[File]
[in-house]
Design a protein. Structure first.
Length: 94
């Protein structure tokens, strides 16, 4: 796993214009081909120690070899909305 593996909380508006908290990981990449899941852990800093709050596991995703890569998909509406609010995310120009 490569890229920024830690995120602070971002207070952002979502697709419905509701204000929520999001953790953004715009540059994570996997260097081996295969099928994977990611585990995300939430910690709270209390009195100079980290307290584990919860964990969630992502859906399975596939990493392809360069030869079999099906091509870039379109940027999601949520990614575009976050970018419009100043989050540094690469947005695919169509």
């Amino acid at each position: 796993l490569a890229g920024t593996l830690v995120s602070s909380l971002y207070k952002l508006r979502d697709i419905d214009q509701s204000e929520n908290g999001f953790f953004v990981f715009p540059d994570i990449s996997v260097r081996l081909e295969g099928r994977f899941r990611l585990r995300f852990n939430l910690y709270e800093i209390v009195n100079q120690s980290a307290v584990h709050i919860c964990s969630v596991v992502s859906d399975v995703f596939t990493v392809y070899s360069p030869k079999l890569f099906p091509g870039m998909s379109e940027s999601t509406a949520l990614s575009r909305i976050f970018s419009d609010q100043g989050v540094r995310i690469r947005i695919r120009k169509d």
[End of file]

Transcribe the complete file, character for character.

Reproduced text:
[in-house]
Design a protein. Structure first.
Length: 94
């Protein structure tokens, strides 16, 4: 796993214009081909120690070899909305 593996909380508006908290990981990449899941852990800093709050596991995703890569998909509406609010995310120009 490569890229920024830690995120602070971002207070952002979502697709419905509701204000929520999001953790953004715009540059994570996997260097081996295969099928994977990611585990995300939430910690709270209390009195100079980290307290584990919860964990969630992502859906399975596939990493392809360069030869079999099906091509870039379109940027999601949520990614575009976050970018419009100043989050540094690469947005695919169509």
């Amino acid at each position: 796993l490569a890229g920024t593996l830690v995120s602070s909380l971002y207070k952002l508006r979502d697709i419905d214009q509701s204000e929520n908290g999001f953790f953004v990981f715009p540059d994570i990449s996997v260097r081996l081909e295969g099928r994977f899941r990611l585990r995300f852990n939430l910690y709270e800093i209390v009195n100079q120690s980290a307290v584990h709050i919860c964990s969630v596991v992502s859906d399975v995703f596939t990493v392809y070899s360069p030869k079999l890569f099906p091509g870039m998909s379109e940027s999601t509406a949520l990614s575009r909305i976050f970018s419009d609010q100043g989050v540094r995310i690469r947005i695919r120009k169509d």